Alberta brothers’ bond grows stronger thanks to their shared love of sport
EDMONTON — Eric and Max Vriend were inseparable growing up in Barrhead, Alta. That was until it came time for older brother Eric, who has Down syndrome, to go to school.
“You know your dog or a pet will wait, well Max would wait for Eric,” laughs Mark Vriend, the boys’ dad.
It’s a brotherly bond that these boys have shared with friends and team-mates. Eric has been an assistant with every one of Max’s volleyball teams since high school. He contributes to the team and isn’t a trophy, which is important to the family.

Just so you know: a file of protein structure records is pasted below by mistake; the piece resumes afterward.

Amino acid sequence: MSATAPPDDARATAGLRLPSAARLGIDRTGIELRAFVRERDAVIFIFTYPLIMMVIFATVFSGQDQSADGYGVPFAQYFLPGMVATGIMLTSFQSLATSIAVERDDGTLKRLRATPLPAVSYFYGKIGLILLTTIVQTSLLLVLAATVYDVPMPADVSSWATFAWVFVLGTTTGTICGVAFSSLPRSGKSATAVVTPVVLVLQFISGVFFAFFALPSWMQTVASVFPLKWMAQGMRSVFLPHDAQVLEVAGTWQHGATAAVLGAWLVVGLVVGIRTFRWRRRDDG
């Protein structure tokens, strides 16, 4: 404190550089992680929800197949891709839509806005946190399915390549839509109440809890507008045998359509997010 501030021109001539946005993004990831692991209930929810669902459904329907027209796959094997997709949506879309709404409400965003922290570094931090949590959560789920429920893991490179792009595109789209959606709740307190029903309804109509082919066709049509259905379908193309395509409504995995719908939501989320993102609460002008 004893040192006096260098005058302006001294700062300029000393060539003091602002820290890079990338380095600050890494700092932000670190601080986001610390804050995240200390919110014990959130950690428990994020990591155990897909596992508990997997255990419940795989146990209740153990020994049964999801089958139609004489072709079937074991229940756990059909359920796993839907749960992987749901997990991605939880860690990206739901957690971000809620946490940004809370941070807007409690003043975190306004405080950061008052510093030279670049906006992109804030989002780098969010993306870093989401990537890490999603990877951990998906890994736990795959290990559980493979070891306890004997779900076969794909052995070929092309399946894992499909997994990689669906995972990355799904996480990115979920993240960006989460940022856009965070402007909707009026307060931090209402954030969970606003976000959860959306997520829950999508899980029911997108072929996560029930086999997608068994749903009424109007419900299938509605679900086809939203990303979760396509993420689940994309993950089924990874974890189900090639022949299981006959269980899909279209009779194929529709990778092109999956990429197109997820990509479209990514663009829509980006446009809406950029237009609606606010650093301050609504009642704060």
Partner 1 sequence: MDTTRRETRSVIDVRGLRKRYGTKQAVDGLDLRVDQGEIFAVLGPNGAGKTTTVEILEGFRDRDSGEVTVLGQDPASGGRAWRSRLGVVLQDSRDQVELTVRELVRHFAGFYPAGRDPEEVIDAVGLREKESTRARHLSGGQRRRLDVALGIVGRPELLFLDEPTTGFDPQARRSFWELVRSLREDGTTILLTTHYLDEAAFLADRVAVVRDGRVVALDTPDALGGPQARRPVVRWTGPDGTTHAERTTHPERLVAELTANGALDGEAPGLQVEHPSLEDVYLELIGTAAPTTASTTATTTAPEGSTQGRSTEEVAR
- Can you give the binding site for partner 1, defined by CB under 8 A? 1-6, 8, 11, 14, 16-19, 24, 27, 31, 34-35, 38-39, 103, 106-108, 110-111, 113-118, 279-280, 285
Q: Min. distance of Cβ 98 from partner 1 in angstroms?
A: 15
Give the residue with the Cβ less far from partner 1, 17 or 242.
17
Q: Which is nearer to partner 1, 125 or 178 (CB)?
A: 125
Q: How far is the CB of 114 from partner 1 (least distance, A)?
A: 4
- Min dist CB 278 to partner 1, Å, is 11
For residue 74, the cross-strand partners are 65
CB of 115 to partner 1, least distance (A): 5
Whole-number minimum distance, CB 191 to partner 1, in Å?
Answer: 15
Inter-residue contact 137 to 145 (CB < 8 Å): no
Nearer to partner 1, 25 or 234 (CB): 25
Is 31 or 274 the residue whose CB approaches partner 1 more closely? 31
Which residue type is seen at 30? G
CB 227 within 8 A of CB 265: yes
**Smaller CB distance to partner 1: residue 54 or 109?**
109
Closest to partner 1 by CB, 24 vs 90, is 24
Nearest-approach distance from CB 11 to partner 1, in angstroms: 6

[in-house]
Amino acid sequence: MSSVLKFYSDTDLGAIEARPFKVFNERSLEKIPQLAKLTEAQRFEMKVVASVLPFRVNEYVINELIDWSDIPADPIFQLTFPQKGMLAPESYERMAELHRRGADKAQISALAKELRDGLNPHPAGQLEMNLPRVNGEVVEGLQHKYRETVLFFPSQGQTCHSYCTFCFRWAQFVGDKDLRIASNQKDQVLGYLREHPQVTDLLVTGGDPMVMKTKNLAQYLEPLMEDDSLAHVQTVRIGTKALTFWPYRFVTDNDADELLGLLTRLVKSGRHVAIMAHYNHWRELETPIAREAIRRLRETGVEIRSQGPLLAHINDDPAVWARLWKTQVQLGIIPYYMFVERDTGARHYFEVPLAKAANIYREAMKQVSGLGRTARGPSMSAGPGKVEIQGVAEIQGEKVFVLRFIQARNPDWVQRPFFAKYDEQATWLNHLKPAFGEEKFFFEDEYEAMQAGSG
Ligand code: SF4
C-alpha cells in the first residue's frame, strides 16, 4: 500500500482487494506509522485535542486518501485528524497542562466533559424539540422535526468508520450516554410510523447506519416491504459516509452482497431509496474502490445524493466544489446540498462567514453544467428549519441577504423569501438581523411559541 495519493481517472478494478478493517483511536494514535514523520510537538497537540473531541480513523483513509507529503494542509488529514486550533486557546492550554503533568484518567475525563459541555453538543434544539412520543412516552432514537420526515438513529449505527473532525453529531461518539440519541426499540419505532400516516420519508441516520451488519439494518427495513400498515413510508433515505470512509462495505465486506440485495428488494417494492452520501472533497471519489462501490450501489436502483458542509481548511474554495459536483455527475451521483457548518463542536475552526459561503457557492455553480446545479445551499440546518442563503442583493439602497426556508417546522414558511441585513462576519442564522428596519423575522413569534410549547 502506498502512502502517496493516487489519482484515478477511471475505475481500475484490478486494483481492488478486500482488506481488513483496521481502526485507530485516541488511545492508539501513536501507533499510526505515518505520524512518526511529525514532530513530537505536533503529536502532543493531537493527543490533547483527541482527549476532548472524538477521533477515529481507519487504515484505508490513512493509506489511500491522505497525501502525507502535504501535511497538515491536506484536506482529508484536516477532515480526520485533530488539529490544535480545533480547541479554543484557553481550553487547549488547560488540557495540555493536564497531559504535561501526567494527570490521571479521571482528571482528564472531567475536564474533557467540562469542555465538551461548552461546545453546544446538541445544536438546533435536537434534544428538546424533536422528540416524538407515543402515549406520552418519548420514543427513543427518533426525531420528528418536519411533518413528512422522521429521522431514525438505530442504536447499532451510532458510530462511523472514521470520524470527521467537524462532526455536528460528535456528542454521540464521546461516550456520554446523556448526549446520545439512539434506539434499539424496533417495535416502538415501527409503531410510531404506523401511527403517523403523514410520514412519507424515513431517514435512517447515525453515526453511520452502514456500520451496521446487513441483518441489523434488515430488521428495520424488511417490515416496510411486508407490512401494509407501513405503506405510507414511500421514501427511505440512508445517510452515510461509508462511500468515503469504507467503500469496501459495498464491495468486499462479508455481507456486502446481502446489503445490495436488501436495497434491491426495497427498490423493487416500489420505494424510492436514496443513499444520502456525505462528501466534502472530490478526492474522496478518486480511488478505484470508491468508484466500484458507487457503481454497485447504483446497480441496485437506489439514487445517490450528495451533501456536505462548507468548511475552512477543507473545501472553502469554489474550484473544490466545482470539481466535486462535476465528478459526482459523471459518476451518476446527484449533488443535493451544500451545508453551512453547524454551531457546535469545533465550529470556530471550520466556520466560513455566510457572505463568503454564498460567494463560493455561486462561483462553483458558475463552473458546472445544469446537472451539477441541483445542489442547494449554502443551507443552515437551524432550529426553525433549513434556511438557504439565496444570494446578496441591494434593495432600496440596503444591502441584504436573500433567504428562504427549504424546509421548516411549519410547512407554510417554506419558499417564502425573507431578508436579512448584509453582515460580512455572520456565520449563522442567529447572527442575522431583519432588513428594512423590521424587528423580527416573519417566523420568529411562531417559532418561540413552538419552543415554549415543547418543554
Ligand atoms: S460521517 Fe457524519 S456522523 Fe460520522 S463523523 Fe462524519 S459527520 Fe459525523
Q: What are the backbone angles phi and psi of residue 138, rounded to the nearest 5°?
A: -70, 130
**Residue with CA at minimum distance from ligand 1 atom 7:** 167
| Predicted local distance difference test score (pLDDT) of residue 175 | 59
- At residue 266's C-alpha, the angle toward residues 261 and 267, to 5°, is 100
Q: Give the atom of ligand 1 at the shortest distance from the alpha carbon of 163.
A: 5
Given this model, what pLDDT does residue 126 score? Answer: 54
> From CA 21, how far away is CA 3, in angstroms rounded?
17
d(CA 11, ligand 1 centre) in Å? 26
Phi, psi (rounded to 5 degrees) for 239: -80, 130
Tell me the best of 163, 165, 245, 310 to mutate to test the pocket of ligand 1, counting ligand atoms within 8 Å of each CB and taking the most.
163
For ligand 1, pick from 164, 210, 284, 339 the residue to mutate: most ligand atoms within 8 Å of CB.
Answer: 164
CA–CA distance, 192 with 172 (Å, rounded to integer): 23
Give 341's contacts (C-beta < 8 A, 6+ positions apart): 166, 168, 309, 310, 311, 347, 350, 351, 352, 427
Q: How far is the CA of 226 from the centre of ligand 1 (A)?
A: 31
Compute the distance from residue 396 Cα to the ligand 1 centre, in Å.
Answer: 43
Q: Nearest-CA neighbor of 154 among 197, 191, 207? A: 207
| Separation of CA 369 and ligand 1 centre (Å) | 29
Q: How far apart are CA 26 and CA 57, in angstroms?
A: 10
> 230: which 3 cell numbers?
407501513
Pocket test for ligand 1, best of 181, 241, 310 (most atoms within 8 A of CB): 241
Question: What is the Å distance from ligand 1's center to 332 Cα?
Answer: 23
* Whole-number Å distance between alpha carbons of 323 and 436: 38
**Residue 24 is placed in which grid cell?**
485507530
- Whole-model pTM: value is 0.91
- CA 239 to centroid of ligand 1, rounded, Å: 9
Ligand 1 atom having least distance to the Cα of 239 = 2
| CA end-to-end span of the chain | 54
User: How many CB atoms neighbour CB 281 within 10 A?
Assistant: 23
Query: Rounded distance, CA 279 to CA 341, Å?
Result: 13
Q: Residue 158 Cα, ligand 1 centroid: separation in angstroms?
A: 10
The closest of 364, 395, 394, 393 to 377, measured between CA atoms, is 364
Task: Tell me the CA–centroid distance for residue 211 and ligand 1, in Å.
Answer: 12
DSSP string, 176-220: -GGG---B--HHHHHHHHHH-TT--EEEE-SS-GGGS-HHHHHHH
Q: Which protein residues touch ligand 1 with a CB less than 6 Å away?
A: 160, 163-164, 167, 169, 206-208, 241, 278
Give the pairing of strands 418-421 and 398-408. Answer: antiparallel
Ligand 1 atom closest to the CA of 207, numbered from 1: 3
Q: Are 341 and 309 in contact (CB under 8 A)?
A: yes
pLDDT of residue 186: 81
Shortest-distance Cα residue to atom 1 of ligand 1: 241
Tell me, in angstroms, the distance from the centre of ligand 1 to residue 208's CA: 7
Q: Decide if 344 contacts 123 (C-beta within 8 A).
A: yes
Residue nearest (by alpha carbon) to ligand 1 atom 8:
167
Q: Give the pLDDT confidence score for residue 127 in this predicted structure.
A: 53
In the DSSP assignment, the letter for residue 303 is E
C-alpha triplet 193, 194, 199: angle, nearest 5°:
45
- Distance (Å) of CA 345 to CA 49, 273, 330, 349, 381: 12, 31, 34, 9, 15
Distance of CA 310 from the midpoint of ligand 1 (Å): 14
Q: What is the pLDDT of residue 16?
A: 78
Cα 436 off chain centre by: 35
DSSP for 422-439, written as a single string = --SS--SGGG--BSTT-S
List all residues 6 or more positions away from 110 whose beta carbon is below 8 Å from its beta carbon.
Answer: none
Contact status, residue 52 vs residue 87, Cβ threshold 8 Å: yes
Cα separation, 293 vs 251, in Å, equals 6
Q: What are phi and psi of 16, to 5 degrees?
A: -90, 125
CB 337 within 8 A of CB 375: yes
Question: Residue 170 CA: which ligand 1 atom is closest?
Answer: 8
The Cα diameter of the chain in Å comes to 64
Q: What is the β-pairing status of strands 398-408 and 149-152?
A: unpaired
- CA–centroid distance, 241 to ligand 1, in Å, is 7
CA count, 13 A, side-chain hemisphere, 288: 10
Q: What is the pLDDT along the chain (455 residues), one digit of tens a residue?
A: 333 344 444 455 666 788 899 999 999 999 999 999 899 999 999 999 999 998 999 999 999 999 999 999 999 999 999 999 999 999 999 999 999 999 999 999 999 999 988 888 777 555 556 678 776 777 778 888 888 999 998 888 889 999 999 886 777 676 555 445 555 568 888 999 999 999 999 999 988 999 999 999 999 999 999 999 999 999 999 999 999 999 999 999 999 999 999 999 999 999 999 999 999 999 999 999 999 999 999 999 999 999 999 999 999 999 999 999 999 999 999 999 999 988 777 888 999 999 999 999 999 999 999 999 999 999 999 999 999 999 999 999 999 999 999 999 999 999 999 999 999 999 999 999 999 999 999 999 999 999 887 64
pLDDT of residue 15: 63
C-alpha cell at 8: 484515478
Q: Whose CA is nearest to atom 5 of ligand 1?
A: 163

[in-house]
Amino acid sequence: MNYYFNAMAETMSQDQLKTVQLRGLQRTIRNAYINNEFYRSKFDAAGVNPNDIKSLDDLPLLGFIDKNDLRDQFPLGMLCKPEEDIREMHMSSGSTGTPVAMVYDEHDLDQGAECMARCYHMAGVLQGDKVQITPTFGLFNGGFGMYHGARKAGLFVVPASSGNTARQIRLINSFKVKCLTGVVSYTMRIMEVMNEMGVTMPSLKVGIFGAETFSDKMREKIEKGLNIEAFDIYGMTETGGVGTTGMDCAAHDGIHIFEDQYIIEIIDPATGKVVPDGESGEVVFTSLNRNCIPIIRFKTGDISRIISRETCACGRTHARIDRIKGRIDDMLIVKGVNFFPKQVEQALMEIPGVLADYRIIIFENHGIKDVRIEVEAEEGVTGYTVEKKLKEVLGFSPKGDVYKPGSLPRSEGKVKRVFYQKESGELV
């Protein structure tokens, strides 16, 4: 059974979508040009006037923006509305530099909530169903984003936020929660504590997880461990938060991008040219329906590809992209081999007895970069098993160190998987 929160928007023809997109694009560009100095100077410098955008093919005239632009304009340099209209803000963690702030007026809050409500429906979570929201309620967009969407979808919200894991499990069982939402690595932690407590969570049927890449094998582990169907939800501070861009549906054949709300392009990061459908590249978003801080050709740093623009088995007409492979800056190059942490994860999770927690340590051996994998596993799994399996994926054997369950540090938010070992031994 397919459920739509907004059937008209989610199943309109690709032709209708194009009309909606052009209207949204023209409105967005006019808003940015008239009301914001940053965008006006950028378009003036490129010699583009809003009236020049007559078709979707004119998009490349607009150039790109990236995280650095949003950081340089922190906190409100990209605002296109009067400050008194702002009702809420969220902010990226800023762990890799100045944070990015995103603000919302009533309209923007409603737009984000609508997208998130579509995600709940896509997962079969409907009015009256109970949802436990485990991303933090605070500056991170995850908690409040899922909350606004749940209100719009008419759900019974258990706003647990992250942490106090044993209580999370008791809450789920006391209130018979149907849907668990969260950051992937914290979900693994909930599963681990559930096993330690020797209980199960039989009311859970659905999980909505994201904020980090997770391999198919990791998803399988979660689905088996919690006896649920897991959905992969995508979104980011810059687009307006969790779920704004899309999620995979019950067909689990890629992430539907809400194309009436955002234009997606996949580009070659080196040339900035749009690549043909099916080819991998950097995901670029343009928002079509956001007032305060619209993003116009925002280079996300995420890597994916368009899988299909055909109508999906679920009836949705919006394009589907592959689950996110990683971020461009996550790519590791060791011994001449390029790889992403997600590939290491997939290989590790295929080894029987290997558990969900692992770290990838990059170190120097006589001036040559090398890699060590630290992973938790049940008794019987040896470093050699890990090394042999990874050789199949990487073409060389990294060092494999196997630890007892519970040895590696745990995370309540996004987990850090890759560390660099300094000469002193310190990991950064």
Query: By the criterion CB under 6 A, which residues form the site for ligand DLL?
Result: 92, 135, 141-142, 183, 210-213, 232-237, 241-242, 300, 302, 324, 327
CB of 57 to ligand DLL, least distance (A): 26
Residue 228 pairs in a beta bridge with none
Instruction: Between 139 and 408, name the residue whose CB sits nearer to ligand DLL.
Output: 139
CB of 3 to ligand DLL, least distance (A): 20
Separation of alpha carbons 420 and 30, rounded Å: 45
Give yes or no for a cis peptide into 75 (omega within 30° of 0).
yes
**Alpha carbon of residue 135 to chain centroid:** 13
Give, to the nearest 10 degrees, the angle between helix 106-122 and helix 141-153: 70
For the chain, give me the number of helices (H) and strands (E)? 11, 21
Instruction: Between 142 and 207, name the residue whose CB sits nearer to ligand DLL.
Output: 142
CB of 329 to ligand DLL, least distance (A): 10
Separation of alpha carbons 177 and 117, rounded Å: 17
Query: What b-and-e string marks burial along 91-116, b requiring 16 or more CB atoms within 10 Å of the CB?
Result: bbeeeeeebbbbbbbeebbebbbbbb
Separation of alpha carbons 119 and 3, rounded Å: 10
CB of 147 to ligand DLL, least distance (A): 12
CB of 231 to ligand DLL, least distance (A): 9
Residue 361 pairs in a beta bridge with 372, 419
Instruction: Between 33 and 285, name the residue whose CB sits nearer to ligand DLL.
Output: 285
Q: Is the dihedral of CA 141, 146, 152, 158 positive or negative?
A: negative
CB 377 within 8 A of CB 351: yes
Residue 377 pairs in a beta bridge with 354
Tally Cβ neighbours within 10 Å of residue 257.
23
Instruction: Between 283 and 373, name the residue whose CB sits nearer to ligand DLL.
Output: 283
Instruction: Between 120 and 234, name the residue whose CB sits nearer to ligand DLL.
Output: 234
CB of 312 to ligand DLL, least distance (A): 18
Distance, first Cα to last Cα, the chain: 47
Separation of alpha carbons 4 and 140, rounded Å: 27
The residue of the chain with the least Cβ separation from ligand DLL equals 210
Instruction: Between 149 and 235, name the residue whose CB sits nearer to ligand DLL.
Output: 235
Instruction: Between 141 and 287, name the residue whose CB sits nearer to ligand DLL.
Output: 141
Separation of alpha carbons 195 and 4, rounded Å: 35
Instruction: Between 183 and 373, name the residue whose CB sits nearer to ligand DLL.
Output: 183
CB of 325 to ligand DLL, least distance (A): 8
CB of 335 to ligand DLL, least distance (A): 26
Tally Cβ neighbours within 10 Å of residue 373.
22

It has always been important to the Vriends to find believers.
“When Eric helped out in high school the coach he taught Eric how to do the time clock, it wasn’t just passing water bottles around,” said mom, Janet Vriend.
And now, the MacEwan Griffins get to share in the brotherly love.
“In a timeout if he (Eric) pulls them aside they listen to him,” said Griffins head coach Brad Poplawski. “It’s just so neat to see these big athletes, how they’ve just embraced him and if he’s not there it’s like ‘hey where’s Eric today, it’s a Wednesday, what’s going on?’
“He’s really become a part of our team,” Poplawski added.
“Max is tall, he’s a good volleyball player, people know him,” said Mark. “And they know his brother as well; like that’s pretty cool.”
WATCH: When the MacEwan Griffins signed Max Vriend, the team also got his brother Eric Vriend. Eric, who has Down Syndrome, is a team assistant.
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